The Wartime Of The Nuremberg Trials

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On 8th August, 1945, shortly after the end of World War II in May of 1945, the Allied governments entered into a joint agreement establishing the International Military Tribunal for the purpose of trying those responsible for the war atrocities. Whereas some 5,000 Nazi’s were charged with war crimes, the Nuremberg trials were designed specifically to prosecute high ranking Nazi officials with whom the authority for the commission of heinous atrocities rested.
The Nuremberg Trials would therefore be marked in history as one of its kind. Prior to its formation, war crimes were limited to the military courts of the individual countries and for the very first time the Nuremberg Trials would mark the inception of the concept of collective guilt as a justification for punishment. The four counts of indictment were: Conspiracy to commit crimes alleged in other counts, crimes against peace, war crimes and crimes against humanity.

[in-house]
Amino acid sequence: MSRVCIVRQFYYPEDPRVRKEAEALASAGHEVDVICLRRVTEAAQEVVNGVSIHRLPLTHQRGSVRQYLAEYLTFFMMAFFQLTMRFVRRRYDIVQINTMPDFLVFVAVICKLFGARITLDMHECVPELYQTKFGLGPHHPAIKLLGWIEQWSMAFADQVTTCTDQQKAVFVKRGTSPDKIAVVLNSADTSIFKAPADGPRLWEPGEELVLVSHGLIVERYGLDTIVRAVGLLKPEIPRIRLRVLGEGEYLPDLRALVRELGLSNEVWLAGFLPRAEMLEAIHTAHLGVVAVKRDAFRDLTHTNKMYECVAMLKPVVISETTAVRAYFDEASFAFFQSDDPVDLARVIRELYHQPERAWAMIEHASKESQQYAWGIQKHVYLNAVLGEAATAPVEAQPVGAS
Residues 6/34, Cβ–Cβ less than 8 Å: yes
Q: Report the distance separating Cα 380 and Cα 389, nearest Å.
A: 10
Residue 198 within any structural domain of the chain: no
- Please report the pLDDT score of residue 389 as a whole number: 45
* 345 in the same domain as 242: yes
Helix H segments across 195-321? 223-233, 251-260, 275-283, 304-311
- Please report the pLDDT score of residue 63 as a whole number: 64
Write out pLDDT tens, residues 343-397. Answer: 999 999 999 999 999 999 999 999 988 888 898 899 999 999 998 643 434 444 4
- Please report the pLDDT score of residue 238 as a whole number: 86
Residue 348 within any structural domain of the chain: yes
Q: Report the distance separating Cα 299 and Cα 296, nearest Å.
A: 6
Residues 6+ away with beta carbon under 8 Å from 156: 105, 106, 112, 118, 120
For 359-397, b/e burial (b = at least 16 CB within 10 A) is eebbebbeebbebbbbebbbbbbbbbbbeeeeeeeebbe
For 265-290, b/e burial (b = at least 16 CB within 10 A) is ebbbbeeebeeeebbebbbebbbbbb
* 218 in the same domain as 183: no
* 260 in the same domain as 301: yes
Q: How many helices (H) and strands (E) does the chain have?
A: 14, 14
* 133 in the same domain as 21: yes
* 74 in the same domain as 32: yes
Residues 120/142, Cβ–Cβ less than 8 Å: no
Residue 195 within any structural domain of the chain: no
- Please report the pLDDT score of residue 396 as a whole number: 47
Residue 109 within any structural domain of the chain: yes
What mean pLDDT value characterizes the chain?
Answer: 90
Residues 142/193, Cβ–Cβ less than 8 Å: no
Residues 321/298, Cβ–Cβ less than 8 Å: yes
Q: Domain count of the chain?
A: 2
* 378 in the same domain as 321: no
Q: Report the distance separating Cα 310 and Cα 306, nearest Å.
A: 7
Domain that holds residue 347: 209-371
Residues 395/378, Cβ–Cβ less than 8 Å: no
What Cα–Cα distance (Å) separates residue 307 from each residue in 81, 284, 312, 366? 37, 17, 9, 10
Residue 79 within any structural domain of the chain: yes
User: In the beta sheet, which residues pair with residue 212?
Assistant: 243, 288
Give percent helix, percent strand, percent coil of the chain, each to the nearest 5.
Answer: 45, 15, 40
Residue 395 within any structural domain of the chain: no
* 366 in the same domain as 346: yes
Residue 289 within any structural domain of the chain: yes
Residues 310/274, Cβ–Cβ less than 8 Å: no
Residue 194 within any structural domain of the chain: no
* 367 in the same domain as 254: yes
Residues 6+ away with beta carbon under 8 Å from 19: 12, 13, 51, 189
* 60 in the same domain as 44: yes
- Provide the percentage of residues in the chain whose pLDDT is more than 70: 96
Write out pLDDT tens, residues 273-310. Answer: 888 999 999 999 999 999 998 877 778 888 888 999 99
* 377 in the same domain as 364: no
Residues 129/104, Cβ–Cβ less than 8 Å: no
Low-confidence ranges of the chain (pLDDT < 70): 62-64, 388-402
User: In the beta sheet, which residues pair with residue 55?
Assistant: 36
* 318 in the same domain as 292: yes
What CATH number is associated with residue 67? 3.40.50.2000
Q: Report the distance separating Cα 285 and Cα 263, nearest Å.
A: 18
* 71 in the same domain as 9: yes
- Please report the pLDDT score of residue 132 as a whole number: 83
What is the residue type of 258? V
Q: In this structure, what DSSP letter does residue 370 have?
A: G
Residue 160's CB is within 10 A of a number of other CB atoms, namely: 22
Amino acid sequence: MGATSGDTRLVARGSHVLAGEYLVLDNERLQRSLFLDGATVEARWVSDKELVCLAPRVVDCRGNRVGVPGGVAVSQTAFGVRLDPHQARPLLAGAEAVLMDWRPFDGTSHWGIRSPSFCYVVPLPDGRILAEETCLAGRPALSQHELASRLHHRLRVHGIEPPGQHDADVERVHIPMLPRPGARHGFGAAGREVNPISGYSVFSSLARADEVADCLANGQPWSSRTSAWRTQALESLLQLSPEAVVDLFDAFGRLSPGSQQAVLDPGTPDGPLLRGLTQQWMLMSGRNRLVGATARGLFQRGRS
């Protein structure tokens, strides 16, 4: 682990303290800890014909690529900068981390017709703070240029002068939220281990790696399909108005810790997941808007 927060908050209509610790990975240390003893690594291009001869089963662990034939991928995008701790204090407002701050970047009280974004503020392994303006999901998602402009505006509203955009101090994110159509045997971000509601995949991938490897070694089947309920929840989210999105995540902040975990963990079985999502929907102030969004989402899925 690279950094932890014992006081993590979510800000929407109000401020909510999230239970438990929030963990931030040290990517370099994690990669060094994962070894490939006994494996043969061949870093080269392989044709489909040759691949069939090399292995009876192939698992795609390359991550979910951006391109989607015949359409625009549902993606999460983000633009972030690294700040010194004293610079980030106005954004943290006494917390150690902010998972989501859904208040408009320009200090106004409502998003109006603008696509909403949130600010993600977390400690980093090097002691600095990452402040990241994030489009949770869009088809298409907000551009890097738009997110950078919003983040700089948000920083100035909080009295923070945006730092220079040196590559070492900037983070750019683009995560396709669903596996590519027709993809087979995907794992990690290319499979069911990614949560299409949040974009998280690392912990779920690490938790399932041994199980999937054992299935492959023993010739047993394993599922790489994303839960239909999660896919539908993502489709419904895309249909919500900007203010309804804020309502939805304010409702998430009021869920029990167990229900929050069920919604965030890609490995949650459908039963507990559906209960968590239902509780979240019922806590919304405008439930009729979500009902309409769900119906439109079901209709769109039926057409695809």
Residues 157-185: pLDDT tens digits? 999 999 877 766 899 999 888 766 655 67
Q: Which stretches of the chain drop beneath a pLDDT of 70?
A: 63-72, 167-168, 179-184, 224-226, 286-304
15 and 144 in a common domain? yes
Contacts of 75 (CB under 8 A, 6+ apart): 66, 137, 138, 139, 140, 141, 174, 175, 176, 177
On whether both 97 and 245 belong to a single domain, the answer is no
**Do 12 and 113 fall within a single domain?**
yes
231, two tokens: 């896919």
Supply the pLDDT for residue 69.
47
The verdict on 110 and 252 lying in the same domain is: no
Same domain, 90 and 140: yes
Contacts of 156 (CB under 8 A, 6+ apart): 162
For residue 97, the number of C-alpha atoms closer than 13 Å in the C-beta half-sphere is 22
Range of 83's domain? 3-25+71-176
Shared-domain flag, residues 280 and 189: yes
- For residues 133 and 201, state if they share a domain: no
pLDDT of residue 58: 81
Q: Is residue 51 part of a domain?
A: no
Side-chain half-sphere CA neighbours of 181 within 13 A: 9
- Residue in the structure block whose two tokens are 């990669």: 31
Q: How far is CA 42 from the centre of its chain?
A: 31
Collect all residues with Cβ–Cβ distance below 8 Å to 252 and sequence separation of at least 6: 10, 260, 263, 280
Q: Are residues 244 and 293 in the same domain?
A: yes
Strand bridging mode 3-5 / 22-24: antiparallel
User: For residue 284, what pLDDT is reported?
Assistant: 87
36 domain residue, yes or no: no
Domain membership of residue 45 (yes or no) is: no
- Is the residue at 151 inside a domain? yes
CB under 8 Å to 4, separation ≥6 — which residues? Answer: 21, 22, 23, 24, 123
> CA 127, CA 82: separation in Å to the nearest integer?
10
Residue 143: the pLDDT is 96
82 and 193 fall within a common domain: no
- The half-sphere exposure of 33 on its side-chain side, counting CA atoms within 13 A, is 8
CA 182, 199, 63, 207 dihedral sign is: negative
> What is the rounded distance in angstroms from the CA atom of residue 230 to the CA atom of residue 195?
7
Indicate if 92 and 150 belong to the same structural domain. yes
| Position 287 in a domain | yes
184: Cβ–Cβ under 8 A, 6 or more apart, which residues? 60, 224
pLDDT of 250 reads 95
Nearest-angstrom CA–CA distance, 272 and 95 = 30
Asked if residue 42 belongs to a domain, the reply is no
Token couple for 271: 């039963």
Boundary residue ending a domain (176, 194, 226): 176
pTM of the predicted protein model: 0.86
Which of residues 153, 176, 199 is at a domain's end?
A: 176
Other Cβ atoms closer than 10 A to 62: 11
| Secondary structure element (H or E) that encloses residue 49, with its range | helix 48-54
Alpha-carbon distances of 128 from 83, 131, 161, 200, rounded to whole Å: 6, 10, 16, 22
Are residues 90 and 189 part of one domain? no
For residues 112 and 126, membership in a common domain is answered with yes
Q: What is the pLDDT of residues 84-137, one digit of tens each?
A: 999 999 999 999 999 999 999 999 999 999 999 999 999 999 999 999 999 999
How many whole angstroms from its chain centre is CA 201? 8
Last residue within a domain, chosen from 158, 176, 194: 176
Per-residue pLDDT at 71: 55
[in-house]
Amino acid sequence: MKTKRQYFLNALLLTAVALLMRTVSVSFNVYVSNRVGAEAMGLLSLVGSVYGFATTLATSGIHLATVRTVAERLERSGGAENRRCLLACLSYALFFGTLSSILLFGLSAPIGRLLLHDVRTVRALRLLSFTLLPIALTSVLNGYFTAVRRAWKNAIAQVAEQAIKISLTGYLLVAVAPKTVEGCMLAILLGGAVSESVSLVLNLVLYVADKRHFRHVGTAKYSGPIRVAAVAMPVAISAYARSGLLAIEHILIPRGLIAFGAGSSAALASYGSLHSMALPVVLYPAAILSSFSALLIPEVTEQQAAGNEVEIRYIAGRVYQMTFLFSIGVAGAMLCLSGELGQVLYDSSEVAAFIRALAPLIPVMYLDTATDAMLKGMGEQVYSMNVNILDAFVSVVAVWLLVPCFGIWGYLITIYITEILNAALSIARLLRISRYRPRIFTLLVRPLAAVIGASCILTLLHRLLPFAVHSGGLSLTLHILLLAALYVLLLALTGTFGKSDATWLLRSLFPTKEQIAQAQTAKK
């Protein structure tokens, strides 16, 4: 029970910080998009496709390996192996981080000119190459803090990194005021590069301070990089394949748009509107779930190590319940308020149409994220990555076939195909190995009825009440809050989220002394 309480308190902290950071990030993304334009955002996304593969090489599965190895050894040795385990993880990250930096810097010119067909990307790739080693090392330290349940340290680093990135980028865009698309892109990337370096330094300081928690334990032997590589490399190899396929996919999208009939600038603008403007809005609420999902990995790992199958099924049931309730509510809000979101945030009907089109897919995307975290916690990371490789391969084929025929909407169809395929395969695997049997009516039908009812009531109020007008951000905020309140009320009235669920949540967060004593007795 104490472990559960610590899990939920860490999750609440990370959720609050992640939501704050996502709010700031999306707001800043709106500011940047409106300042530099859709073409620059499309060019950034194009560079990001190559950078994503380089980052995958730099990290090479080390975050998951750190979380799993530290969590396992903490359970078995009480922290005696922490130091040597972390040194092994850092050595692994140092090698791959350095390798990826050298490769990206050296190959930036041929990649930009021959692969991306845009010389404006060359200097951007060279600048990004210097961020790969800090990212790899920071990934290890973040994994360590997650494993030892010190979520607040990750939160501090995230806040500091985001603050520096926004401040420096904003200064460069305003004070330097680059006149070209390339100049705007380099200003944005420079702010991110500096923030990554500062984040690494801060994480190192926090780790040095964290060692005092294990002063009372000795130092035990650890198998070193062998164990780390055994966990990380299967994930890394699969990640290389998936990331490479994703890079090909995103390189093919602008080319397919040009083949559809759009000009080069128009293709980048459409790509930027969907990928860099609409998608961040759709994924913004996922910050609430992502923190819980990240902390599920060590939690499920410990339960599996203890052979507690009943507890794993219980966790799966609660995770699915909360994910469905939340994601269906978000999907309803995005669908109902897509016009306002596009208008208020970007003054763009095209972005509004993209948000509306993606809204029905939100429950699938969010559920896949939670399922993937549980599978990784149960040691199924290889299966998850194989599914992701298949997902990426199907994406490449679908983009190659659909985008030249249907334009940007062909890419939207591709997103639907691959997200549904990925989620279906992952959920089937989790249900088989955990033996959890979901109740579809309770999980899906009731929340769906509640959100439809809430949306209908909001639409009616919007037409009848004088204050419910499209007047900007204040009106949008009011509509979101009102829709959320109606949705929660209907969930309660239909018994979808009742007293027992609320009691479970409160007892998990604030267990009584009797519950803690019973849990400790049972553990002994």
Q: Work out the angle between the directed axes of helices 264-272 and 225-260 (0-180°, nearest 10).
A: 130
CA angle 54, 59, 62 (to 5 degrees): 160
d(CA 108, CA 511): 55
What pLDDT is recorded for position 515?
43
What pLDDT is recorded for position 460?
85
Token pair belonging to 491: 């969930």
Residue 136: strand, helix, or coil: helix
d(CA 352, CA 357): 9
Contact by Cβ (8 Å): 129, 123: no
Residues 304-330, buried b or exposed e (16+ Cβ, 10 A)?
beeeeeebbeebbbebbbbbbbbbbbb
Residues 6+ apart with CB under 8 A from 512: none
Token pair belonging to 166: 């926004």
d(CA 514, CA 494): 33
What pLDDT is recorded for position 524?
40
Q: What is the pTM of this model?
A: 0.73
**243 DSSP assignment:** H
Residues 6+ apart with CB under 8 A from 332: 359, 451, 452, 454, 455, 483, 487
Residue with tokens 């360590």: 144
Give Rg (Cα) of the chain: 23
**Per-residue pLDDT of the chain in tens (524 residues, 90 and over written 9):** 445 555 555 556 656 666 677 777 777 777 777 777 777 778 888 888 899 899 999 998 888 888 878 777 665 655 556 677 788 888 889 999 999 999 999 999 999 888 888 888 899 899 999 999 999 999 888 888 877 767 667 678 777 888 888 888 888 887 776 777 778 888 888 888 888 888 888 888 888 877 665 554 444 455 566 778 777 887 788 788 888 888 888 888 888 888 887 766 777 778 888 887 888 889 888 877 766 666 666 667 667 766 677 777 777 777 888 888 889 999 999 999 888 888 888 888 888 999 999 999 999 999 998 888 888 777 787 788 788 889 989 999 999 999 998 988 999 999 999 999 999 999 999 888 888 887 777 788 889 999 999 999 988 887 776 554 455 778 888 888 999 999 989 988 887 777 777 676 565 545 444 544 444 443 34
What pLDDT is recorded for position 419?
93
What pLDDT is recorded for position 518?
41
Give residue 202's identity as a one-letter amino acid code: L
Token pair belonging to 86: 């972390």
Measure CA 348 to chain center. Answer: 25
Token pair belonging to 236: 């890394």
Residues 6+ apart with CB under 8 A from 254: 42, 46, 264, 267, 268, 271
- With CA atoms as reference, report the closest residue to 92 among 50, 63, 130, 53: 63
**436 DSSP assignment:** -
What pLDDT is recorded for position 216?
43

This paper seeks to canvass the legacy of the Nuremberg Trial; the legal justifications and procedural innovations that were once controversial and which through the turn of the century have now come to be regarded as a milestone towards the application of principles of international law, establishment of a permanent international criminal court enshrined under the Rome Statute and setting new precedents for the international community. Furthermore, the author seeks to juxtapose the legal and political justifications given for the
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